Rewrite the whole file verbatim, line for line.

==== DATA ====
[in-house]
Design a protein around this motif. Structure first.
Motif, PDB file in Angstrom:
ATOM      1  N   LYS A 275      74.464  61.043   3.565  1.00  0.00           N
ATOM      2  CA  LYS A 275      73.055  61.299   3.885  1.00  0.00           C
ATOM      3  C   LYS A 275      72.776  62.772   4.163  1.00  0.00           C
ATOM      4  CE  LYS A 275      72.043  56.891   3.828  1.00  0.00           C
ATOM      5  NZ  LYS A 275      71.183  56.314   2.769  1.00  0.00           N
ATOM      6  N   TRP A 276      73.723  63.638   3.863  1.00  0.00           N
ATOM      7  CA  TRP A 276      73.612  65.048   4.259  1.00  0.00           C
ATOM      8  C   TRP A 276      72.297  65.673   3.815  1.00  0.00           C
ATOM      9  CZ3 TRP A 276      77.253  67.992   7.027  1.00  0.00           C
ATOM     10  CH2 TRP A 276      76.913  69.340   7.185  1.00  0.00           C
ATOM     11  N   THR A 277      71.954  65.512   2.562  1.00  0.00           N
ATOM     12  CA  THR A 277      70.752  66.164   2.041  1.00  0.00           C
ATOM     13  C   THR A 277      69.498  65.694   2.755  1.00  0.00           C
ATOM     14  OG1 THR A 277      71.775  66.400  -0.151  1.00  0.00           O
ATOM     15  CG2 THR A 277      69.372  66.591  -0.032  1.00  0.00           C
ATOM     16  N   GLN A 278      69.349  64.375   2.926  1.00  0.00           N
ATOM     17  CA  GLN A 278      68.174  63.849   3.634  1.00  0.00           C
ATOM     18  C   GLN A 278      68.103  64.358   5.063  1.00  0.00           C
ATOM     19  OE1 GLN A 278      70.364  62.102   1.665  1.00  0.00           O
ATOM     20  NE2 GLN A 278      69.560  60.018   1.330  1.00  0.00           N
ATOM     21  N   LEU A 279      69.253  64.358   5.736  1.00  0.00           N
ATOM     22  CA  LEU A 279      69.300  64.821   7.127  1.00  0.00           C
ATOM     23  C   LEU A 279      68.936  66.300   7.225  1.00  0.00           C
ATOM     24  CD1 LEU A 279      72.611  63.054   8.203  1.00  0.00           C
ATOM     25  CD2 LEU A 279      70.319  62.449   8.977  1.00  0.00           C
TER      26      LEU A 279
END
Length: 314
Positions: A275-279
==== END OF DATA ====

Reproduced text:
[in-house]
Design a protein around this motif. Structure first.
Motif, PDB file in Angstrom:
ATOM      1  N   LYS A 275      74.464  61.043   3.565  1.00  0.00           N
ATOM      2  CA  LYS A 275      73.055  61.299   3.885  1.00  0.00           C
ATOM      3  C   LYS A 275      72.776  62.772   4.163  1.00  0.00           C
ATOM      4  CE  LYS A 275      72.043  56.891   3.828  1.00  0.00           C
ATOM      5  NZ  LYS A 275      71.183  56.314   2.769  1.00  0.00           N
ATOM      6  N   TRP A 276      73.723  63.638   3.863  1.00  0.00           N
ATOM      7  CA  TRP A 276      73.612  65.048   4.259  1.00  0.00           C
ATOM      8  C   TRP A 276      72.297  65.673   3.815  1.00  0.00           C
ATOM      9  CZ3 TRP A 276      77.253  67.992   7.027  1.00  0.00           C
ATOM     10  CH2 TRP A 276      76.913  69.340   7.185  1.00  0.00           C
ATOM     11  N   THR A 277      71.954  65.512   2.562  1.00  0.00           N
ATOM     12  CA  THR A 277      70.752  66.164   2.041  1.00  0.00           C
ATOM     13  C   THR A 277      69.498  65.694   2.755  1.00  0.00           C
ATOM     14  OG1 THR A 277      71.775  66.400  -0.151  1.00  0.00           O
ATOM     15  CG2 THR A 277      69.372  66.591  -0.032  1.00  0.00           C
ATOM     16  N   GLN A 278      69.349  64.375   2.926  1.00  0.00           N
ATOM     17  CA  GLN A 278      68.174  63.849   3.634  1.00  0.00           C
ATOM     18  C   GLN A 278      68.103  64.358   5.063  1.00  0.00           C
ATOM     19  OE1 GLN A 278      70.364  62.102   1.665  1.00  0.00           O
ATOM     20  NE2 GLN A 278      69.560  60.018   1.330  1.00  0.00           N
ATOM     21  N   LEU A 279      69.253  64.358   5.736  1.00  0.00           N
ATOM     22  CA  LEU A 279      69.300  64.821   7.127  1.00  0.00           C
ATOM     23  C   LEU A 279      68.936  66.300   7.225  1.00  0.00           C
ATOM     24  CD1 LEU A 279      72.611  63.054   8.203  1.00  0.00           C
ATOM     25  CD2 LEU A 279      70.319  62.449   8.977  1.00  0.00           C
TER      26      LEU A 279
END
Length: 314
Positions: A275-279